Scanning and transmission electron microscopy of the spermiophores of Ornithodoros ticks: an attempt to explain their motility

Tissue Cell. 1976;8(3):411-9. doi: 10.1016/0040-8166(76)90002-1.

Abstract

The spermiophores of two tick species, the kangaroo tick, Ornithodoros gurneyi and the cave tick, Ornithodoros tholozani have been examined by scanning and transmission electron microscopy. The anterior end (head) of the spermiophore is a hemisphere covered with a hexagonal network of small projections. The rest of the spermiophore is covered with longitudinal ridges, seen in sections as cellular processes whose membranes are attached only at their anterior ends by specialized 'feet'. In the cytoplasm of the sperm cell body and just beneath the cellular processes are find filaments, which form a continuous layer in O. tholozani and bundles in O. gurneyi. Fibrils tend to be situated beneath the larger cellular processes. In scanning micrographs helical constrictions have been observed in the posterior parts of some spermiophores. It is proposed that certain of the movements observed by light microscopy in living cultures of spermiophores may be explained by contraction of the cytoplasmic filaments seen in the electron microscope.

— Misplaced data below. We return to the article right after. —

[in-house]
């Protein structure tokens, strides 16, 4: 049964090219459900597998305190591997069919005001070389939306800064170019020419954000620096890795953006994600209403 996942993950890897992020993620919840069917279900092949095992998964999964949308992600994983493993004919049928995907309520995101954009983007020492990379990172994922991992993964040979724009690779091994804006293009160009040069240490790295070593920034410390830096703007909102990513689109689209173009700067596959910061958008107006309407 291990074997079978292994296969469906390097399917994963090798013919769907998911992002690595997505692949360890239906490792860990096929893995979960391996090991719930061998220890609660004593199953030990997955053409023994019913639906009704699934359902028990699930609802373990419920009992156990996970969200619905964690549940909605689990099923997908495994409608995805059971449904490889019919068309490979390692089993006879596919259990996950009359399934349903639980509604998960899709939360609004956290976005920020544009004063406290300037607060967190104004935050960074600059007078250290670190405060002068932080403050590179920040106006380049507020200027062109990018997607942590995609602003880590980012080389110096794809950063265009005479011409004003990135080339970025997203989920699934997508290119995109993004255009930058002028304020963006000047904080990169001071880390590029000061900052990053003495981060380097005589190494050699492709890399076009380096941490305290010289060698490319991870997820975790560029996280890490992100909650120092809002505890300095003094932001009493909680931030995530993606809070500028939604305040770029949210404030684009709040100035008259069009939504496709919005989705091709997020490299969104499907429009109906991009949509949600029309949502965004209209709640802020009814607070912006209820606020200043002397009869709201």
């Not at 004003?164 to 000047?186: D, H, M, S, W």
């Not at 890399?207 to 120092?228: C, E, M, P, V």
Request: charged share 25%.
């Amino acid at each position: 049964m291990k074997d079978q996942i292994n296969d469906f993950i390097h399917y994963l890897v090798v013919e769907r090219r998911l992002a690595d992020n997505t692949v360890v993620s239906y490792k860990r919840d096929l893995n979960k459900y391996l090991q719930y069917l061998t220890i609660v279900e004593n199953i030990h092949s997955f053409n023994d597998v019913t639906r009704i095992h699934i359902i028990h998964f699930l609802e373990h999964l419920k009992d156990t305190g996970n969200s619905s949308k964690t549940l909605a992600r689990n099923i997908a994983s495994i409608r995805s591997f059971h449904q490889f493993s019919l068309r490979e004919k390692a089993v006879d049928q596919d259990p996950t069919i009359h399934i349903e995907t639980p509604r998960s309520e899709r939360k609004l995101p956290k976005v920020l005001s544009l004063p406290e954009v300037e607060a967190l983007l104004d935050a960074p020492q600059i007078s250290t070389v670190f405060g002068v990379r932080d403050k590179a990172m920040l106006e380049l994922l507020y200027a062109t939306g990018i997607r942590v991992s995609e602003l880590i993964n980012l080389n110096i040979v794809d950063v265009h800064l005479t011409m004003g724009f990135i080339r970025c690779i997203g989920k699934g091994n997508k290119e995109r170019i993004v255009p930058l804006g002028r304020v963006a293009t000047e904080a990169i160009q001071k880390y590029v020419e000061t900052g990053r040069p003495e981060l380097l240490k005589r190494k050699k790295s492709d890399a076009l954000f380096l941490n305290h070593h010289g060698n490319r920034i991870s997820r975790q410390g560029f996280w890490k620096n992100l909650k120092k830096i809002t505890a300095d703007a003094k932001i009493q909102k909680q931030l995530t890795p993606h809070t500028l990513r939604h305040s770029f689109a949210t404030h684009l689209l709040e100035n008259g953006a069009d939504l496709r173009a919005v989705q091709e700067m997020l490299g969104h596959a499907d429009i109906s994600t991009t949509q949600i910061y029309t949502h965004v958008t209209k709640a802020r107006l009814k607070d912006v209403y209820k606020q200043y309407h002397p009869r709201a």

MeSH terms

  • Animals
  • Cell Membrane / ultrastructure
  • Male
  • Microscopy, Electron
  • Microscopy, Electron, Scanning
  • Sperm Motility*
  • Spermatozoa / ultrastructure*
  • Ticks / ultrastructure*